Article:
I opened the gate that signals the stretch through Rannock Moor. I expected a long grind of a climb that I’d struggle to conquer. I found a beautiful twilight wilderness where the deer surveyed my steady progress as I trespassed their home. One for the memory bank that fills with each passing year with images that I hope will never be lost from my brain. It was tough, and unforgiving surrounds, yet captivating and absorbing in it’s remote and blissful solitude. Words will never capture the emotions that ran through my veins and invigorated my body. A moment so precious I would fail to replicate and yet would never want to. It was unique.
Then suddenly, it was dark.
Deer in the mist
My mind slipped to home, to my lady, to warmth, to safety. My heart cried inside my chest and nearly broke me by the side of the trail. Why was I here? Why was I doing this? Have I not suffered enough in this body of mine? I sank deeper, and yet continued with the program, pedal down, pedal up.
I can’t remember ever walking so far with my bike, or at least that’s how it seemed. I couldn’t see further that the sphere of my light and it felt like I was on the edge of the world. Whipped by the wind and spattered by the rain I began to switch from sorry feeling human to a man of resolve. I can do these things and as long as you can still walk you can still keep going. The descent was mental and I smashed into, over, through, anything and everything. I’m not sure if I became a lot braver or a lot less caring. I rode through to Kinlochleven at a fair pace that I’d not have thought myself possible of.
From there to
As I headed into those hills again a strange thing happened that has rarely occurred before. I realised that I had a responsibility. I realised the danger involved with this route in this condition. I’d never once really pondered this on any previous adventure. I wasn’t scared, I was just aware of the multiple small errors I was making and the fact that some terrain will forgive you but some quite possibly won’t. I pondered for almost three hours as I fought and wrestled and carried and pushed, and very occasionally rode my bike flat out into blind corners in the pitch black before I descended to Kinlochleven on the very edge of control for the second time. I knew I should stop, but I knew I could still continue, at what point do you say enough is enough and stop rolling the dice?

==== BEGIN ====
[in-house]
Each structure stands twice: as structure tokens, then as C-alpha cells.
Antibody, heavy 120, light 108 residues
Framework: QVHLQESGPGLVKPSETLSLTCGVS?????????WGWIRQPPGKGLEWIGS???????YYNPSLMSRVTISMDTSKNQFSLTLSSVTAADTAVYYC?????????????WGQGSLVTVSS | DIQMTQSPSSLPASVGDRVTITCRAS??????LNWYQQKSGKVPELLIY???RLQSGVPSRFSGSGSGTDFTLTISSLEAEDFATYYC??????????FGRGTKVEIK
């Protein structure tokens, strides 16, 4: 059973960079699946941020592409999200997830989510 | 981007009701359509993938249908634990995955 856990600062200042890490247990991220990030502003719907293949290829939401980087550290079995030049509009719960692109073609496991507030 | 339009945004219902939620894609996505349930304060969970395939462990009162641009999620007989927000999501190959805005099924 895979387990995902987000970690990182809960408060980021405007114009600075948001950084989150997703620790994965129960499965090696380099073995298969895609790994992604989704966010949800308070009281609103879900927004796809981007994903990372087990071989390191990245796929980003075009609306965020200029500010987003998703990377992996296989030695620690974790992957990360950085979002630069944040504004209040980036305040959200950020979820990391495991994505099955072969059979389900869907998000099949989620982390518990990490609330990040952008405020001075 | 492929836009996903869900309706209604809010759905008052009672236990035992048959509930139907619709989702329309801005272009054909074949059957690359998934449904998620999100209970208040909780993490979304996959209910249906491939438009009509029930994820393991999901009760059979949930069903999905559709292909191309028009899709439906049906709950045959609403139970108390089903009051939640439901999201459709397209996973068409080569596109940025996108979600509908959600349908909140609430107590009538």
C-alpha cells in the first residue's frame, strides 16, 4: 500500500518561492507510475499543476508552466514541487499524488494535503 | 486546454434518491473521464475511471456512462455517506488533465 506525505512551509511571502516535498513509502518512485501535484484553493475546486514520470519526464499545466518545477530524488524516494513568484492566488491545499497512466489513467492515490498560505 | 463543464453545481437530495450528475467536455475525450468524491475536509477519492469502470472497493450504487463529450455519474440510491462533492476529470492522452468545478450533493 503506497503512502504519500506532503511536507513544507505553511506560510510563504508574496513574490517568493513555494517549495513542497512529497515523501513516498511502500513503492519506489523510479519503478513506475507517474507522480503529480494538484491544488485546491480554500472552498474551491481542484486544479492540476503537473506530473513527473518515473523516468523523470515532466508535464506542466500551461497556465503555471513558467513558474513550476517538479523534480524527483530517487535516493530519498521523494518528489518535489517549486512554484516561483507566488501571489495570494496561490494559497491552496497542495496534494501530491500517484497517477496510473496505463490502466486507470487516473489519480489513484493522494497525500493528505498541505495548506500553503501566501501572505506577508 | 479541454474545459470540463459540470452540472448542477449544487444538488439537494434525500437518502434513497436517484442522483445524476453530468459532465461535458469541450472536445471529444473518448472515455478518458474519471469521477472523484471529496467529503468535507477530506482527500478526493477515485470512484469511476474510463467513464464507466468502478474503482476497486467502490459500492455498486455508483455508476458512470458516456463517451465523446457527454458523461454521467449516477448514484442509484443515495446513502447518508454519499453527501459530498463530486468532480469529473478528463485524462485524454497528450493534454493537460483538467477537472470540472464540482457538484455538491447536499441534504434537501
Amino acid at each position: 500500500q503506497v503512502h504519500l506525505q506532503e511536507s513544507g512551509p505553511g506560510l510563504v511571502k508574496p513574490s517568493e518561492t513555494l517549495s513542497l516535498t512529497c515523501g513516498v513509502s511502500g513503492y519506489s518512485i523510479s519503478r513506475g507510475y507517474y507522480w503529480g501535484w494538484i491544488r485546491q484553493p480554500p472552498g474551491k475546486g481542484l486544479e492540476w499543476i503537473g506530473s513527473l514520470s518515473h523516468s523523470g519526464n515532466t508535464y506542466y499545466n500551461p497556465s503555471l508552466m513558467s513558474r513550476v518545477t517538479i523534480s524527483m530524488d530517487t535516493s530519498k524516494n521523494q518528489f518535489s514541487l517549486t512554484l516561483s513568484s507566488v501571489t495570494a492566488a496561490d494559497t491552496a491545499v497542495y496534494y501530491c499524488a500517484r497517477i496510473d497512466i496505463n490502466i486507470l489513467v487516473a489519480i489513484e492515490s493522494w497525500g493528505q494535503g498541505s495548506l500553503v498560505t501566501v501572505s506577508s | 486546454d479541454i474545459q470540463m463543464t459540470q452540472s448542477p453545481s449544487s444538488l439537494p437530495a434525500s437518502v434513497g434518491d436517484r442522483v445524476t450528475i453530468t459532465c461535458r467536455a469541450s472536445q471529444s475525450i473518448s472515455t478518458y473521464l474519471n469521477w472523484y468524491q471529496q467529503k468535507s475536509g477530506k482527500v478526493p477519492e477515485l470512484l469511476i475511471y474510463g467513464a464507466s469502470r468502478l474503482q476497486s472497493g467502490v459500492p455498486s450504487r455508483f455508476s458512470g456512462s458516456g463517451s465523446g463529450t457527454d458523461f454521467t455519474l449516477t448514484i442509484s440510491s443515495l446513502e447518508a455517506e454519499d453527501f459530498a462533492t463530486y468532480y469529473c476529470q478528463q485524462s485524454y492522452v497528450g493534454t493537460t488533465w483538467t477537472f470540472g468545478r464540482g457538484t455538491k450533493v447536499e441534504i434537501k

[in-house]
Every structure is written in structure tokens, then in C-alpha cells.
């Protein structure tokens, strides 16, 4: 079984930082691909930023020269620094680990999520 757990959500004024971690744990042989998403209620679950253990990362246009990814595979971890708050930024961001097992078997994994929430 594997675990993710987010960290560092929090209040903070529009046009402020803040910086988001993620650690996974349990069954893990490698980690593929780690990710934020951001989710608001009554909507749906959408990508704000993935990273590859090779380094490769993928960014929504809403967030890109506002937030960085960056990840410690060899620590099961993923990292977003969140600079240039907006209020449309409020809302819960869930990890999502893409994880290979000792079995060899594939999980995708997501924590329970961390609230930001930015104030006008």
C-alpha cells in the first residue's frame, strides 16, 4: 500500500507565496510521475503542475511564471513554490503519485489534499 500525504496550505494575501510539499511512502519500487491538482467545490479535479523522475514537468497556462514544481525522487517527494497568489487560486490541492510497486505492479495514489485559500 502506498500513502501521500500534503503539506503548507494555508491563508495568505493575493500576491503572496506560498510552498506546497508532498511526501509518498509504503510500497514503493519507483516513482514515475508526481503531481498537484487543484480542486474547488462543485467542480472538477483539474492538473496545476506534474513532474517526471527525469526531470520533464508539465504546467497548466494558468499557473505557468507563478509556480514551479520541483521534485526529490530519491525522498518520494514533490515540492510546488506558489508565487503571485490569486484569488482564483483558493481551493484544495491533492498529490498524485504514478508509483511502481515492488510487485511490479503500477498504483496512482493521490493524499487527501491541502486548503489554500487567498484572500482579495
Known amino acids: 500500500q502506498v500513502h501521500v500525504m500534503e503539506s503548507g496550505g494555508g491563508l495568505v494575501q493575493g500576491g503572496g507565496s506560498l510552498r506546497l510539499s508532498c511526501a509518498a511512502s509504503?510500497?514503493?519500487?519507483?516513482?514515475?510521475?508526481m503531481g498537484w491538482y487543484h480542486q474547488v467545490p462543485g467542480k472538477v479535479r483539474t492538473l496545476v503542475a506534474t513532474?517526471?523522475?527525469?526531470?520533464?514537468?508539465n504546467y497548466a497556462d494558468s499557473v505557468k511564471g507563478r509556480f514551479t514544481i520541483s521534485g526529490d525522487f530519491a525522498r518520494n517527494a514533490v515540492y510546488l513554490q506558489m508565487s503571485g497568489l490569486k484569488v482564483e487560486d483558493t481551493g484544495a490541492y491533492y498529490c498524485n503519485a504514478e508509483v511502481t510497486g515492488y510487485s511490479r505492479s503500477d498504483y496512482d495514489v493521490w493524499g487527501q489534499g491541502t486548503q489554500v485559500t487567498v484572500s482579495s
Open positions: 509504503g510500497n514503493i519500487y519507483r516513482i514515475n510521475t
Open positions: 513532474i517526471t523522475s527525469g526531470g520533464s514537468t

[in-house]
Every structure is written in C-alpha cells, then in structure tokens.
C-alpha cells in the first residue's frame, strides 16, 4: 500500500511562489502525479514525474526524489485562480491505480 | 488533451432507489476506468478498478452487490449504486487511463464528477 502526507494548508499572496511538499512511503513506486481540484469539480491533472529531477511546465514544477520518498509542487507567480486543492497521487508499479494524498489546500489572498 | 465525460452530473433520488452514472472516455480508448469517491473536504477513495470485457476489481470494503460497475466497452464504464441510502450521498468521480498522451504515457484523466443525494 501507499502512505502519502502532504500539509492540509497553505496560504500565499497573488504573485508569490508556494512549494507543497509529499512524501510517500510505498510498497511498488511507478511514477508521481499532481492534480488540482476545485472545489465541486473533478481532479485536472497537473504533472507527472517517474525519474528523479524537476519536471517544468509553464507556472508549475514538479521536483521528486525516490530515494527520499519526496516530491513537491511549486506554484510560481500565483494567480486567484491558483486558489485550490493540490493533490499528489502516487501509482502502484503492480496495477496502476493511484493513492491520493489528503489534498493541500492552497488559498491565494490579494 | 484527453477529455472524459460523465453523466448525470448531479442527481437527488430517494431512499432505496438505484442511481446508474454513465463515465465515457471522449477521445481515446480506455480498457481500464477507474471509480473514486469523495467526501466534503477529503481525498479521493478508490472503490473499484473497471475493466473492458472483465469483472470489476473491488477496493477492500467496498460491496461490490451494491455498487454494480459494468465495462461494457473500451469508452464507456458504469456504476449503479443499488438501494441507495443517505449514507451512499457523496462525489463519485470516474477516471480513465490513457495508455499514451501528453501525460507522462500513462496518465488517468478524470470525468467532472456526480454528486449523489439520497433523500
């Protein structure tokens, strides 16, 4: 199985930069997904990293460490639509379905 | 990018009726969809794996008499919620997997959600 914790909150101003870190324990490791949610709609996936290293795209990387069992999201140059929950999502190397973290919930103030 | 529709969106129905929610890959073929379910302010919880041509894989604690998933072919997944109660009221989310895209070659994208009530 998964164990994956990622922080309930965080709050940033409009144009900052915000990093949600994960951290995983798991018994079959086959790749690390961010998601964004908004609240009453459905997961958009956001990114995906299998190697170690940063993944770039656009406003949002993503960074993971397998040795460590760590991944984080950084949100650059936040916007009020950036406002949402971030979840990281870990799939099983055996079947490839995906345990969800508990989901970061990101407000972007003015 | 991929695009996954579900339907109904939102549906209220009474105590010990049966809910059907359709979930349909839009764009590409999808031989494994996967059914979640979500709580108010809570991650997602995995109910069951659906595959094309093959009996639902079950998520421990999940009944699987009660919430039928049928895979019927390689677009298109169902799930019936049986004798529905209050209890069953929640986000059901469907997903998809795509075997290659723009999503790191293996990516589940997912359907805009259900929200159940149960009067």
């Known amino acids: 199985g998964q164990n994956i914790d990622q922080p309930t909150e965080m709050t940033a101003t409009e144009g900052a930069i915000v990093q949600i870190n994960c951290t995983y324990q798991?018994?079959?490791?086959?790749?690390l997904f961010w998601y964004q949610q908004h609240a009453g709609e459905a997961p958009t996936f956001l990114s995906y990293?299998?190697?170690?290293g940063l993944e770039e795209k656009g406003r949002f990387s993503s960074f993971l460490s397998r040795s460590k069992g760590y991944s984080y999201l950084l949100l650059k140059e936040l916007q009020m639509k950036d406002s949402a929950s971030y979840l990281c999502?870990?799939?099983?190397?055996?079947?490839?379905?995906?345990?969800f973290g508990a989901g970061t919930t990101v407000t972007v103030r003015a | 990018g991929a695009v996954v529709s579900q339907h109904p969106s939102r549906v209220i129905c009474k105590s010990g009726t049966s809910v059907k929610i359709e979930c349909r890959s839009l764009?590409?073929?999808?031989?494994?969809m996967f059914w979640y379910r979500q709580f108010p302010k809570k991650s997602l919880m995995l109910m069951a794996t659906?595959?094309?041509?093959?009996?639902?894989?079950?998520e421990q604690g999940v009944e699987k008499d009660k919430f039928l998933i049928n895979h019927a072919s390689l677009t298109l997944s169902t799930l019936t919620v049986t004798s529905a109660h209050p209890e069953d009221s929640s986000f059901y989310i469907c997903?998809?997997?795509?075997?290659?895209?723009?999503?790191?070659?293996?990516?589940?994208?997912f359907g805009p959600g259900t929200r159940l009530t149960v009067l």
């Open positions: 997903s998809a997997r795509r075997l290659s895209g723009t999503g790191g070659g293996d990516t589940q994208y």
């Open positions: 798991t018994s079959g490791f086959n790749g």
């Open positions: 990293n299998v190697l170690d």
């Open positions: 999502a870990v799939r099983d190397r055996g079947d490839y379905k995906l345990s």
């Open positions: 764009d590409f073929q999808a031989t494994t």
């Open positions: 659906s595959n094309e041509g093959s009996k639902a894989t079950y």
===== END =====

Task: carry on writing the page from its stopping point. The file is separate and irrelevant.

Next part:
I tried to be honest with the crew but I couldn’t. It took Clive a good ten or so minutes to say what we were all thinking yet none were wanting to hear. Being a hero is only heroic when you live to tell the tale, being airlifted from a mountain side is not a smart way to go, and this time around I wasn’t strong enough, or fit enough, to safely make the Double. The tears weld up in my eyes as he spoke the truth that I already knew in my heart. I’m glad he said it as I don’t think I’d have been brave enough to utter the words.
As we sat at breakfast the next day we already had the plans on the drawing board. For the first time in years I have a challenge that really will need a serious attack plan and suddenly everything clicks into place with the Seven Deadly Spins. A collection of rides that starts with the serious, but do-able, South Downs Double, addresses the requirements of every rider below a keen soloist with multi-day options and bail-out scenarios , and now has a tough MaXx-Daddy one-hit-adventure to challenge the hardest solo nuts that the